Copper is a chemical element that is soft, malleable, and ductile. Copper has very high thermal and electrical conductivity. Copper’s symbol is Cu and its atomic number is 29. Copper melts at about 1,984°F (1,085°C).
Copper was the first metal manipulated by humans and is still an important metal in industry today. Around 8,000 BCE, copper was first used as a substitute for stone, and around 4,000 BCE, humans began casting copper to shape it in molds.
Copper can be found as a primary mineral in basaltic lavas and can also be reduced from copper compounds such as carbonates, chlorides, and sulfides.
Most copper occurs in ores in igneous (volcanic) rock and sedimentary rock. To process copper commercial, the copper is first extracted from its ores through smelting and is then put through electrodeposition from sulfate solutions.
Copper is the third-most-consumed industrial metal in the world behind iron and aluminum. The majority of copper production, about three-quarters, is used by the electrical industries to make electrical wires, telecommunication cables, and electronics. Copper is only second to silver when it comes to thermal and electrical conductivity. The rest is mostly used to form alloys by combining it with other metals. Some of these common alloys are brasses, bronzes, and nickel silvers.
Copper turns green because of oxidation, meaning that it loses electrons when it is exposed to water and air. This reaction explains why some older pennies turn green and why the Statue of Liberty is green rather than orange-red.
Chile produces the highest amount of copper per year. In 2018, Chile produced 5,831,600 metric tons of copper and has consistently produced over 5.5 million metric tons in the few years prior. A porphyry copper deposit in the Andes Mountains is the greatest known deposit of Copper. Chile has been the world’s leading producer of copper since the early 21st century.
Peru is the second-largest producer of copper in the world. Peru produced 2,436,951 metric tons of copper in 2018 and produced over 2.5 million metric tons in 2019. From 2015-2019, copper production increased by 77% in Peru. Peru’s copper output growth is expected to outpace that of Chile, with Chinese investment playing an increasingly important role in Peru’s copper industry.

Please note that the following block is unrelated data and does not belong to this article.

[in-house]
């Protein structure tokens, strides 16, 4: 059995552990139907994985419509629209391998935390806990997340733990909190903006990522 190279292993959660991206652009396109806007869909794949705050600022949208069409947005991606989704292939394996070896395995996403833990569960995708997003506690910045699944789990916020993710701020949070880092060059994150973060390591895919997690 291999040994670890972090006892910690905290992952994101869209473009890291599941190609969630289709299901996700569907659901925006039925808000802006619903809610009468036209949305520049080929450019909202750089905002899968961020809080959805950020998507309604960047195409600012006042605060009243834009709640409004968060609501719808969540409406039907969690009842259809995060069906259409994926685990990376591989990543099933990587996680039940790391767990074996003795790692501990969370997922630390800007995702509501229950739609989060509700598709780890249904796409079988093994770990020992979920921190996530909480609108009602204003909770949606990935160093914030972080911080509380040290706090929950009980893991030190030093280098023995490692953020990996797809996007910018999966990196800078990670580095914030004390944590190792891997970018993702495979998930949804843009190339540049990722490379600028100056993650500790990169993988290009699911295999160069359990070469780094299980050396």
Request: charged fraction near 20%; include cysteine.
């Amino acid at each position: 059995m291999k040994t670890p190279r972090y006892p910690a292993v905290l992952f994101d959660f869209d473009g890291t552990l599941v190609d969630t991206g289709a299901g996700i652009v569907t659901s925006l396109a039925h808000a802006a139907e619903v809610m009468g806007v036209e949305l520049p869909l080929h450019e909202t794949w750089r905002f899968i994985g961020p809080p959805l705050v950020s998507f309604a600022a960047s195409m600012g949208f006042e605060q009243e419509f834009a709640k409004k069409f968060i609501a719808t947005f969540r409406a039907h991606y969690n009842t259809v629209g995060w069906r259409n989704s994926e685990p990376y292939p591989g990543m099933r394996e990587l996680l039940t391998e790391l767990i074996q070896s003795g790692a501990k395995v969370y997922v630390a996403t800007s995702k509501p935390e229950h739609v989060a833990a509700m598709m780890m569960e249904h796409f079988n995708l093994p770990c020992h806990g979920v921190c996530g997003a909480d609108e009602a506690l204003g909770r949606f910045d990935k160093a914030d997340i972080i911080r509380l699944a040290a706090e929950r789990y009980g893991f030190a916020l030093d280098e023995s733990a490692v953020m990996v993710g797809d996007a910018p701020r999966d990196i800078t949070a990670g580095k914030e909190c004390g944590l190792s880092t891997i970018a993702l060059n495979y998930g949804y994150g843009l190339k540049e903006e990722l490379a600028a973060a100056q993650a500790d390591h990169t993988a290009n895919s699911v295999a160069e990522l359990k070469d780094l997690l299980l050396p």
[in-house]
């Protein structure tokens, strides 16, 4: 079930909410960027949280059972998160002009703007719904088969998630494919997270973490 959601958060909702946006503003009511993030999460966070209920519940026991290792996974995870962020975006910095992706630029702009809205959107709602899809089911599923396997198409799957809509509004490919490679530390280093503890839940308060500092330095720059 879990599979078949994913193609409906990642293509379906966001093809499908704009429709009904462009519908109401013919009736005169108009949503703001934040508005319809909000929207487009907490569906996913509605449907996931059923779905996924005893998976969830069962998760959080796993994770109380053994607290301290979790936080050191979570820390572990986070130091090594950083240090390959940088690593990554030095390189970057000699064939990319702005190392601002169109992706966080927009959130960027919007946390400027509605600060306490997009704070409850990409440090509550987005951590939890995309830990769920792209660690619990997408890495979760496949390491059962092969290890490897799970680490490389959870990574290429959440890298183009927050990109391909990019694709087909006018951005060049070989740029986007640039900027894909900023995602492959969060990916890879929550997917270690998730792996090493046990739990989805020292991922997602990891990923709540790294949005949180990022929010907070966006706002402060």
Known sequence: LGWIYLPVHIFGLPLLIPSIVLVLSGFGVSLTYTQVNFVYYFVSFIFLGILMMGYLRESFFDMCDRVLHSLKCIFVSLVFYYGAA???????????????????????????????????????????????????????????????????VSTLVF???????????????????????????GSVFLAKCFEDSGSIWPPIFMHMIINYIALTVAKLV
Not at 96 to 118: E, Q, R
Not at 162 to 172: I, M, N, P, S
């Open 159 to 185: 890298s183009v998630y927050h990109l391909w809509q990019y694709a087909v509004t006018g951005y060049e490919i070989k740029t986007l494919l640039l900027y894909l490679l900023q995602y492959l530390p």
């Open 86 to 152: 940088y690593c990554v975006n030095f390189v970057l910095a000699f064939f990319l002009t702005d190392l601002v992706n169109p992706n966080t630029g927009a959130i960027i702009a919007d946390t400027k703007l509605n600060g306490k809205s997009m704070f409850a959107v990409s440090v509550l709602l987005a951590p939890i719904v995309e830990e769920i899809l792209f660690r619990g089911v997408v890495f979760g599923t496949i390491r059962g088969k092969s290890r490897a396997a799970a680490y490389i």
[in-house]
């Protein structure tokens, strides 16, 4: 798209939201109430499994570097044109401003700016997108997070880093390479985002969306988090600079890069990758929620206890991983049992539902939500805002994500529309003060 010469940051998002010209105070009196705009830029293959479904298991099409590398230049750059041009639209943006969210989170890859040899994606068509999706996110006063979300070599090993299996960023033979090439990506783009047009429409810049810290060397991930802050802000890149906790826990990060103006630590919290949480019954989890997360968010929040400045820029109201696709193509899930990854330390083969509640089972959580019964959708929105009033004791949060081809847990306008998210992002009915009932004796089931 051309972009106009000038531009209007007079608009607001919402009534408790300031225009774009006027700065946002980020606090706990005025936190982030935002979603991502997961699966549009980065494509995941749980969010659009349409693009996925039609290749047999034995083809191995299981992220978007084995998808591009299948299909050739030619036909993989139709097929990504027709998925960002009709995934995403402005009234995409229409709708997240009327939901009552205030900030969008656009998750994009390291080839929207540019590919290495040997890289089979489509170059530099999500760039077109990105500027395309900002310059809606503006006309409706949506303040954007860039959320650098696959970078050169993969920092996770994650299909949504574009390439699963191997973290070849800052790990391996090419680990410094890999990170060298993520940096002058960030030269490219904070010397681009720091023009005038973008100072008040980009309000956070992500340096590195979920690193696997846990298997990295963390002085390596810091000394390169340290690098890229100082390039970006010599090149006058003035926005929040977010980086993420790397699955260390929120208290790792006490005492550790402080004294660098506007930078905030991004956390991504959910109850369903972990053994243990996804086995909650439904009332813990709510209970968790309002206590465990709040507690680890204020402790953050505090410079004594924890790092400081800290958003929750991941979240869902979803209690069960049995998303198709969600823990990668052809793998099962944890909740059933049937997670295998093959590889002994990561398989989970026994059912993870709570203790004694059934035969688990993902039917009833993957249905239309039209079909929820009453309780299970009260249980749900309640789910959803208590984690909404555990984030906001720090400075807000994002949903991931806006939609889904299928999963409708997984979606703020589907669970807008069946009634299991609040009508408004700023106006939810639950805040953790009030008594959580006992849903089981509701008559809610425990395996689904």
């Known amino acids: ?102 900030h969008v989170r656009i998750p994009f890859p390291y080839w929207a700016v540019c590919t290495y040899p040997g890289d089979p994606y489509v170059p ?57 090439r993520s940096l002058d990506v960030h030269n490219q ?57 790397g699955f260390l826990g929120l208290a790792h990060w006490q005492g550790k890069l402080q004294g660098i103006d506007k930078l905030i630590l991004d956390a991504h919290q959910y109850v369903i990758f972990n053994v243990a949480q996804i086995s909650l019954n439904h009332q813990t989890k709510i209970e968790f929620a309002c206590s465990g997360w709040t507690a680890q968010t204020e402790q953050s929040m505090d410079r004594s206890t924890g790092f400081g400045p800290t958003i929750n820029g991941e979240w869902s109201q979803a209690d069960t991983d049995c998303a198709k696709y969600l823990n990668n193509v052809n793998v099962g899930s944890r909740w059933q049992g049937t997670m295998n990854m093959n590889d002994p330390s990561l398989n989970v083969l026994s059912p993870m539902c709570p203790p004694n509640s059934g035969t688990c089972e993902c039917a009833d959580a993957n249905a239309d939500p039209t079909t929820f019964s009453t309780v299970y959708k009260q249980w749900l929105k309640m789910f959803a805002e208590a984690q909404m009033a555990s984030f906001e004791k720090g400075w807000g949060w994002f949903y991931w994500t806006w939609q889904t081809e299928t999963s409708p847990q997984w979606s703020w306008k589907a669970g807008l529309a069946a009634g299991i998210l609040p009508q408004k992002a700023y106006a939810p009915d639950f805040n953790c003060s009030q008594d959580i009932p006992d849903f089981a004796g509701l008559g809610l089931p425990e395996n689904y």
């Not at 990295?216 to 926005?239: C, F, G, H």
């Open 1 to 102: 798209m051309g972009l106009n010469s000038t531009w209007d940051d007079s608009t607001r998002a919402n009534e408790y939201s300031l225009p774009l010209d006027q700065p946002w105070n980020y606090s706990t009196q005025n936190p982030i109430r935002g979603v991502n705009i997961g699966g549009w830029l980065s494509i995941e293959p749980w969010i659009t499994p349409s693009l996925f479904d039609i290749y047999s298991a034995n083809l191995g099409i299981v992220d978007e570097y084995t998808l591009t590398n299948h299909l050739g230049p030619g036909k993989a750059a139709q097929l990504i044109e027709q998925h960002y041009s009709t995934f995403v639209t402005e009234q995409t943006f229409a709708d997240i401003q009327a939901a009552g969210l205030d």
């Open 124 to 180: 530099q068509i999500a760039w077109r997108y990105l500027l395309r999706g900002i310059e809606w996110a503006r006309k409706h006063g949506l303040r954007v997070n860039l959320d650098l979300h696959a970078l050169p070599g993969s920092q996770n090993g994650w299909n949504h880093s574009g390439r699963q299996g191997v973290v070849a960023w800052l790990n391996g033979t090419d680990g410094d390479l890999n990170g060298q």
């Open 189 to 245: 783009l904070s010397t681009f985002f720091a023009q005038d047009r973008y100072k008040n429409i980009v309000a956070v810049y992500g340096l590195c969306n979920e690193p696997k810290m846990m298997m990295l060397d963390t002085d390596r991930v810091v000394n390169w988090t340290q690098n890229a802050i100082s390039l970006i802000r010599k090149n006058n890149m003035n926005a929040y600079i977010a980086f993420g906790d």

In 2018, China produced 1,561,100 metric tons of copper. This is slightly lower than its output in 2015, 2016, and 2017. China is the world’s largest copper consumer and purchases as much copper from other countries as it produces itself. China, however, is expected to decrease its copper imports in 2020.
Democratic Republic of the Congo
The Democratic Republic of Congo produced 1,239,059 metric tons of copper in 2018. The majority of its copper production takes place in the Copper Belt of the southern Katanga Province. Like Peru, China has also invested in copper mines in DR Congo. Most recently, its state mining company, Gécamines opened the Deziwa copper and cobalt mine and processing plant. This mine and processing plant is part of a joint venture majority-owned by a Chinese metal mining company.
As the fifth-largest copper producer in the world, the United States produced 1,220,000 metric tons of copper in 2018. This is slightly less than in previous years. Top producing states for Copper in the U.S. are Arizona, Utah, New Mexico, Nevada, and Montana. The Southwest region of the U.S. is the country’s largest producer of copper.